Thursday, November 21, 2013

Shocking Family History: The funny thing about being shipped off to the U.S. at seventeen

Determination is a funny thing, but family history is even funnier, I guess.

During the final years of high school as university brochures begin to pile up atop my cupboard and SAT daily questions begin to clog my spam folder, a question arose quite unexpectedly. Resembling a a Jack-in-the-Box that would inevitably jump out of the box much to my annoyance, this question intrigued me, which was much better than utter blandness. The question in question, ha (not very intelligently so) is "So, darling, I see that you are going abroad for university. Are your parents actually letting you go so far? I mean it's an awful lot of traveling. Also, it would be such a shame since you're their only child." Maybe it would not be so reminiscent of questions in the 50s, but doesn't Jakarta's social scene sort of mimic 50s decor?

Ugh! Why are you asking me all these questions???

Accounting for my status as an only child, many believed that my parents would never allow me to study in the U.S., which is practically on the other side of the globe. Funny thing is, 1) if I were a boy the question would never come up, and 2) if I were not an only child there might be some chance that it would not emerge. Yes, if I had something dangling between my thighs I would probably be shoved off to the States or somewhere further and far more brutal. If I were a boy with siblings I would even be thrown to the wolves. Maybe, if I remained a girl, but had siblings, they'd think that it was reasonable to ship me off to a closer foreign country. Whatever the combination, I sincerely believed that it did shock some people that my parents would send me to America, especially New York.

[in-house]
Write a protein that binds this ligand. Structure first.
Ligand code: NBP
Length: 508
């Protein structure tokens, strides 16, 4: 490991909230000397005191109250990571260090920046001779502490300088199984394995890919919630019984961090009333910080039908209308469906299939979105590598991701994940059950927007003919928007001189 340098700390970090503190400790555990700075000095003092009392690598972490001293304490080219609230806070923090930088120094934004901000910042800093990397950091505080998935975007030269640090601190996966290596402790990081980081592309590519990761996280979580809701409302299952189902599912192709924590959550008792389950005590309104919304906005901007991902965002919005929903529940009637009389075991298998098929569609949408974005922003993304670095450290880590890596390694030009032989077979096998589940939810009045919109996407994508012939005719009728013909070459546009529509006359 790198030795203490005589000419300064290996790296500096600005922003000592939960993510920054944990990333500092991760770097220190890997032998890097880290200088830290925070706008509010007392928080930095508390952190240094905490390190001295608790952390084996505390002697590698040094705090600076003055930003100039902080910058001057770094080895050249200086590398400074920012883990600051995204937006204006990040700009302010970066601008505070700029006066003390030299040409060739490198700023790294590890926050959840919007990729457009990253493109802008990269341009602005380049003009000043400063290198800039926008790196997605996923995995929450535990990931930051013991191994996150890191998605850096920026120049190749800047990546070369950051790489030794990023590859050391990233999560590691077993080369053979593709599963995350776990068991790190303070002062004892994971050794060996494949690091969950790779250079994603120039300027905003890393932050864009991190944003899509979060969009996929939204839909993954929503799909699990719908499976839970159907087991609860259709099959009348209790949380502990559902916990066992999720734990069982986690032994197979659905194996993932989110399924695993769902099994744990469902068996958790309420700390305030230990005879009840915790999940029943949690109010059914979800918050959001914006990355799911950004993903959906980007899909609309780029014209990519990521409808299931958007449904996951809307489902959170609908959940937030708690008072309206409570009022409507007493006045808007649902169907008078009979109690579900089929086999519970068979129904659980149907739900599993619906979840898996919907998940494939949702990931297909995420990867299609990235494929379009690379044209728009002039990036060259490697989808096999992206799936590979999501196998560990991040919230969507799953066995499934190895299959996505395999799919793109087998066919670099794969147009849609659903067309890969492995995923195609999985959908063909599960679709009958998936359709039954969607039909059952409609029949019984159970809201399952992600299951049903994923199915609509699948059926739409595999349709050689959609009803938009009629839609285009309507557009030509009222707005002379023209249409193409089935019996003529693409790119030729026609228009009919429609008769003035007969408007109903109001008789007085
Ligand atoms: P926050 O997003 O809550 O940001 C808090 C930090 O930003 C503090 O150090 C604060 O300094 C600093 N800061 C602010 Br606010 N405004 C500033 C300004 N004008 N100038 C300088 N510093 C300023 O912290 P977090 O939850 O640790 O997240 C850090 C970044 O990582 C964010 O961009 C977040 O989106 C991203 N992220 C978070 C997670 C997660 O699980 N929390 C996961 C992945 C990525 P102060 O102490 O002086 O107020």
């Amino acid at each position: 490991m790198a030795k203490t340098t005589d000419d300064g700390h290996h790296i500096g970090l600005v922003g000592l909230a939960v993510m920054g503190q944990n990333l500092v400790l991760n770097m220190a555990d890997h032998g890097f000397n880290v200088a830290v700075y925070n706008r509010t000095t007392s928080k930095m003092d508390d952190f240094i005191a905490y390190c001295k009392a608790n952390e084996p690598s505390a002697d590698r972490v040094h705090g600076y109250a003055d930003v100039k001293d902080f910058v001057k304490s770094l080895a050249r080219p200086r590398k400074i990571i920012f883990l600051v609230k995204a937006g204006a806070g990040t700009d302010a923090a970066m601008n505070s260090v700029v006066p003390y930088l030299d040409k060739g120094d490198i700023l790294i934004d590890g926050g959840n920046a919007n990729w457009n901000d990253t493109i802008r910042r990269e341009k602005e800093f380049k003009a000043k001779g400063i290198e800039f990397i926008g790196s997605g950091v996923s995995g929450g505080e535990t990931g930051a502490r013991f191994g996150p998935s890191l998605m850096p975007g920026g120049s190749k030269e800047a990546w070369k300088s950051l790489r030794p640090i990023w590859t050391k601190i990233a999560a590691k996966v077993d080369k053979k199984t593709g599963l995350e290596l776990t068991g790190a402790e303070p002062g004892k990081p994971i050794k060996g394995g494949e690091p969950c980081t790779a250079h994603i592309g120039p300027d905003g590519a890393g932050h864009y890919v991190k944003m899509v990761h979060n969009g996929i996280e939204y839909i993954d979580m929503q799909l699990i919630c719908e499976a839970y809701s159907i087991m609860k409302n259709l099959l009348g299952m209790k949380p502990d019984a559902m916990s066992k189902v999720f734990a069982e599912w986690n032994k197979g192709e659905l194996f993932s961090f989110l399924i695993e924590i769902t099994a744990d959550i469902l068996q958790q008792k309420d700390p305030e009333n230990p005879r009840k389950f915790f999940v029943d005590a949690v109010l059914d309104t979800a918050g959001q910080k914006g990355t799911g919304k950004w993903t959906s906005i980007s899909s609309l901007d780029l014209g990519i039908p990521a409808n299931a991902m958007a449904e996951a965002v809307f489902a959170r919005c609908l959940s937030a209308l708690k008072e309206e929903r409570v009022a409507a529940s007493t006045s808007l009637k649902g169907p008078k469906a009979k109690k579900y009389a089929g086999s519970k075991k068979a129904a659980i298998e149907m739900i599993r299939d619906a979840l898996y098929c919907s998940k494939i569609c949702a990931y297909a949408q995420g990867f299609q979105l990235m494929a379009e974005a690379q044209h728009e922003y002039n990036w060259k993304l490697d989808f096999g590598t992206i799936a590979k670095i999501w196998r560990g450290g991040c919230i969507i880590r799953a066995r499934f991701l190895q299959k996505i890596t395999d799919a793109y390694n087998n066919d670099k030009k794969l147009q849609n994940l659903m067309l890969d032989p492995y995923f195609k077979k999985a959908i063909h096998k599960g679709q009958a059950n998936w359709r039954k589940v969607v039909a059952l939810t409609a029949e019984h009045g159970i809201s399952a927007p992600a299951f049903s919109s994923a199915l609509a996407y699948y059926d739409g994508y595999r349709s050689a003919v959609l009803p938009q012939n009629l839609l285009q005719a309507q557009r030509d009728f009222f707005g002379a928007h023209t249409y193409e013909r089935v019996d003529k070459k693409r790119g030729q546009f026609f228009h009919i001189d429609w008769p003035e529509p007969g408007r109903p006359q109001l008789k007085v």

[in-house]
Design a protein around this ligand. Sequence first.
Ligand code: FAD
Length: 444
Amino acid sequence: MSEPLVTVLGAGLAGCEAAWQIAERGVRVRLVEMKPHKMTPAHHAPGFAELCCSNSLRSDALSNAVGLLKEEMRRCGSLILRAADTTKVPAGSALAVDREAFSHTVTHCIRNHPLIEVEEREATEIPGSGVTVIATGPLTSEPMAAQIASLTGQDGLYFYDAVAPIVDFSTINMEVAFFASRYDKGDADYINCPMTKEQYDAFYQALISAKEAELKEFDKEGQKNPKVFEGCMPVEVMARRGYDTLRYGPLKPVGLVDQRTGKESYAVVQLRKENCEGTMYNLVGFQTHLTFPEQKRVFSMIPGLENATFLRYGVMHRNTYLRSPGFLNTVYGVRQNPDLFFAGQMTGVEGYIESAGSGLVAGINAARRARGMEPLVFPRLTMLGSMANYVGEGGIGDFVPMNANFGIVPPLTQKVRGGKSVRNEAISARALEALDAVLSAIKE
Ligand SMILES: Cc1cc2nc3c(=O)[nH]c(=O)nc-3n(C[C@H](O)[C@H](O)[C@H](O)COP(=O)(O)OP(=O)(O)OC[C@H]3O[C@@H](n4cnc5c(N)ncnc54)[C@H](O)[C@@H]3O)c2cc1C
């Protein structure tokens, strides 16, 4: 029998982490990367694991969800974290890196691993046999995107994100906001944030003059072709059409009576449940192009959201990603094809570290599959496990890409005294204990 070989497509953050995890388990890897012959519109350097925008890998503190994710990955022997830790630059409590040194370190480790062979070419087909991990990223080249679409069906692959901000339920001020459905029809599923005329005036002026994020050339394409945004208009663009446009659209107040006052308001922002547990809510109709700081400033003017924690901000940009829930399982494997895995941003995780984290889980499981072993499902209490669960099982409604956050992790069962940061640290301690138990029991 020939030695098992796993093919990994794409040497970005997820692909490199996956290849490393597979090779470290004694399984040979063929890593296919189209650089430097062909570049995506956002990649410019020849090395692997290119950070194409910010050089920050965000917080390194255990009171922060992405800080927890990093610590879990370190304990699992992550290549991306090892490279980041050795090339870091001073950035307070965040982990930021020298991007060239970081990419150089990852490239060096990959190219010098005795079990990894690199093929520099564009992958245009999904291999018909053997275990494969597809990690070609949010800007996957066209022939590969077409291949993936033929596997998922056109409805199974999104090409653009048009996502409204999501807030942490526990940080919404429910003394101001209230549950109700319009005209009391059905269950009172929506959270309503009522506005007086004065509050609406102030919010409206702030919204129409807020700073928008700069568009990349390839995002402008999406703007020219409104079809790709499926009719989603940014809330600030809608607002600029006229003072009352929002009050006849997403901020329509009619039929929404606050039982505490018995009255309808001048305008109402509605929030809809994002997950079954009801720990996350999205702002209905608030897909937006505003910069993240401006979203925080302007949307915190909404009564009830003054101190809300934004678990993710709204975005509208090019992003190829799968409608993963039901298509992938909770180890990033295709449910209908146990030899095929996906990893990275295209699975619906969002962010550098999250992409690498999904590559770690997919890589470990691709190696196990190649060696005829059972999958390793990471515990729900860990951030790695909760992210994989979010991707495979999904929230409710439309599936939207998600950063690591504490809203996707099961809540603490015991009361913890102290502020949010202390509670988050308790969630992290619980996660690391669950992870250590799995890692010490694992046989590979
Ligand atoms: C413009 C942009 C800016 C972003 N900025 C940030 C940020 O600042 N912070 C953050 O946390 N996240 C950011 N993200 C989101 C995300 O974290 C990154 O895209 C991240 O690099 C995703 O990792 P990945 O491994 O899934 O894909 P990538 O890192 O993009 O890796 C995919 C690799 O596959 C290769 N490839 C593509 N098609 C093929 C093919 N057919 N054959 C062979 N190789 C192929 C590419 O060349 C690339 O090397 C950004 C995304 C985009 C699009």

America is so far... No but, really though
Yet, coming back to the first sentence above, my parents and I were (sort of) determined to have me study in the States, even at a very young age. And perhaps this all had to do with family history. Three generations before me, my grandmother's brothers (literally) sailed to Holland, albeit together but still they were without parental guidance or a guardian. Two generations before me, my uncle and aunt began studying in metropolitans before they turned fourteen, again without parental supervision. I guess, I had the privilege of being born to a family crazy for education. Whether you're a girl or a guy, you were going to go somewhere far to study. Rarely did we own a car before turning twenty-five, despite the number of family members who lived miles apart from their parents and siblings for the sake of education.

Realize that every family treasures its own priorities. Your family may have other passion and rites of passage. For instance, I know a family whereby the grandmother would offer the granddaughters plastic surgery when they reach a certain age. There's another that requires its daughters to attend a debutante. To outsiders, these traditions would seem to go against nature, much like they did when they found out that my parents allowed me to study in the NY.

For a good amount of time we are shielded from other people's familial customs, but here's another thing for ya: wait till' you get married, then, maybe you have to understand or follow these mind-boggling procedures!

*Author owns rights to all of the photos above

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